Kilauea's eruption enhances the interest and excitment for visitors and residents alike on the Big Island of Hawaii. However, the volcanic activity also has risks such as the presence of volcanic air pollution (vog). Vog is best described as volcanic smog. It's a haze of sulfur compounds created when sulfur dioxide and other chemical substances which are toxic interact with oxygen, water, and sunlight. Vog has always been present as long as Kilauea has been erupting. Vog is concentrated in specific areas mainly in the south-west end of the island including Captain Cook and Kailua-Kona. There, residents's complaints range from daily atmospheric greyness, compromised ocean views from their properties, lack of visible sunsets, eye irritation, respiratory problems (over long term exposure) and other sensations depending on how sensitive one is to vog. Depending on the absence of trade winds, vog also affects Hilo and the Puna district (east side of the island) when it collects and stagnates.
Is our vacation rental location affected by the vog?
Aloha Vacation Cottages are located in the north west end of the island in the District of South Kohala which is on the opposite end of the island away from the Kileaua eruption. No lava flows or vog plague us in this location. Kilauea - the erupting volcano is in the south-east end. Aloha Vacation Cottages are in the north west end. On the map, below, South Kohala is within the thumb at the top of the island.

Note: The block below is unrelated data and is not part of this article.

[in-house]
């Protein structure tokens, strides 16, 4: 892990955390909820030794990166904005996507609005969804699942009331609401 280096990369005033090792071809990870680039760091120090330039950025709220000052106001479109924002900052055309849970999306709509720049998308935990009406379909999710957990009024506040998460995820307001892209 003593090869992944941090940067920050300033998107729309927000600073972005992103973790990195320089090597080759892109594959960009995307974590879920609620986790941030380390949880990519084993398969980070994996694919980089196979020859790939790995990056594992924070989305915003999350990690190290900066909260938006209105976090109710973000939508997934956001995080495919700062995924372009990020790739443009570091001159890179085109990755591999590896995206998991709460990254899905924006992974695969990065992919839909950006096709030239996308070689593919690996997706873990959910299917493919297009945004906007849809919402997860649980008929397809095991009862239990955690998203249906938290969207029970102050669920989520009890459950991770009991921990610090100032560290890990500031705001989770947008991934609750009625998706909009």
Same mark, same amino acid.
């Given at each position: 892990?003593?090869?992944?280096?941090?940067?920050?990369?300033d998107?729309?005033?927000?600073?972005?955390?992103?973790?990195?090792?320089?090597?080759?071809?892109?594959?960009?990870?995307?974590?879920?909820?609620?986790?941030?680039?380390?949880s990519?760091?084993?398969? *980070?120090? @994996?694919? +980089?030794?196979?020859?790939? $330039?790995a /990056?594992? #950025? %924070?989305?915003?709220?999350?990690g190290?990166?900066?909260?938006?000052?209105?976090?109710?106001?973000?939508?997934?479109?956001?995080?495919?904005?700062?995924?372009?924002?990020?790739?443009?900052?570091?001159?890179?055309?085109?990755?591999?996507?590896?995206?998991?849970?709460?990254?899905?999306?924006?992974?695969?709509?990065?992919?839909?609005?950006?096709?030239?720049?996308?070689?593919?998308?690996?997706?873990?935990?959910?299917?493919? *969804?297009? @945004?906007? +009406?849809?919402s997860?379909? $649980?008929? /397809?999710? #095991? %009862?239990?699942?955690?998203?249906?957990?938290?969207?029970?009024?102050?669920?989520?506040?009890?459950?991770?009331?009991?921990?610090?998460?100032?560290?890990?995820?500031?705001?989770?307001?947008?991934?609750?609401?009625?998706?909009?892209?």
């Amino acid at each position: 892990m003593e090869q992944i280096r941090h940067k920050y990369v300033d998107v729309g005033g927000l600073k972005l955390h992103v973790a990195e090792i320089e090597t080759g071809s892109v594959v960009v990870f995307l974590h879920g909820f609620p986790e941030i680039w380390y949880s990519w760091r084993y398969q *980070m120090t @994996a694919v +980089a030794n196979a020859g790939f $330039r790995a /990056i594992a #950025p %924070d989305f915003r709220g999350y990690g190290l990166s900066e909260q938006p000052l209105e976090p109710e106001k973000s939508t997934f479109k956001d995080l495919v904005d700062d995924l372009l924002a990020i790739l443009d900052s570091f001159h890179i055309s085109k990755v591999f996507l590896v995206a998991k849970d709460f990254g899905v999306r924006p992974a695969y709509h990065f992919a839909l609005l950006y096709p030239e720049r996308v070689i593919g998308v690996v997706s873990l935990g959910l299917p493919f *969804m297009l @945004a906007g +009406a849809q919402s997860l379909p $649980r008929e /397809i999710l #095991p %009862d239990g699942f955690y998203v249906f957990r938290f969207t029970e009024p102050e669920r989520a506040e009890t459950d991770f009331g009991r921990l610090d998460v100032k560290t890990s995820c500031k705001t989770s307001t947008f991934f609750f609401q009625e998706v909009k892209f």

Aloha Vacation Cottages are located in the South Kohala District (see map) on the
Big Island's north west coast better known as the "gold coast".
The above image is taken from August 2008 and shows the Big Island with the plume from Kilauea. The image is from NASA’s Terra satellite. From the red indicator on the map, the satellite image shows Kilauea's volcanic plume of steam coming from the Halema'uma'u vent, trailing into the atmosphere and moving in a southwest direction around the south end of the island and out to sea. It is the trade winds that send the plume on its way southwest towards the islands of Maui, Oahu and even Kauai which experience the Big Island's vog regularly...in fact more so than we do here in our area.
If any member of your group is very young, elderly or in any way sensitive or has a pre-existing breathing condition, you may want to avoid accommodations in locations where volcanic emissions are heavily present in the atmosphere. For your information, emission status and eruption activity can be viewed at the following websites:
Hawai'i Island Air Quality: Current sulfur dioxide (SO2) levels due to the Kilauea Volcano.
Hawai'i Volcanoes National Park: Current sulfur dioxide and particulate conditions in the park.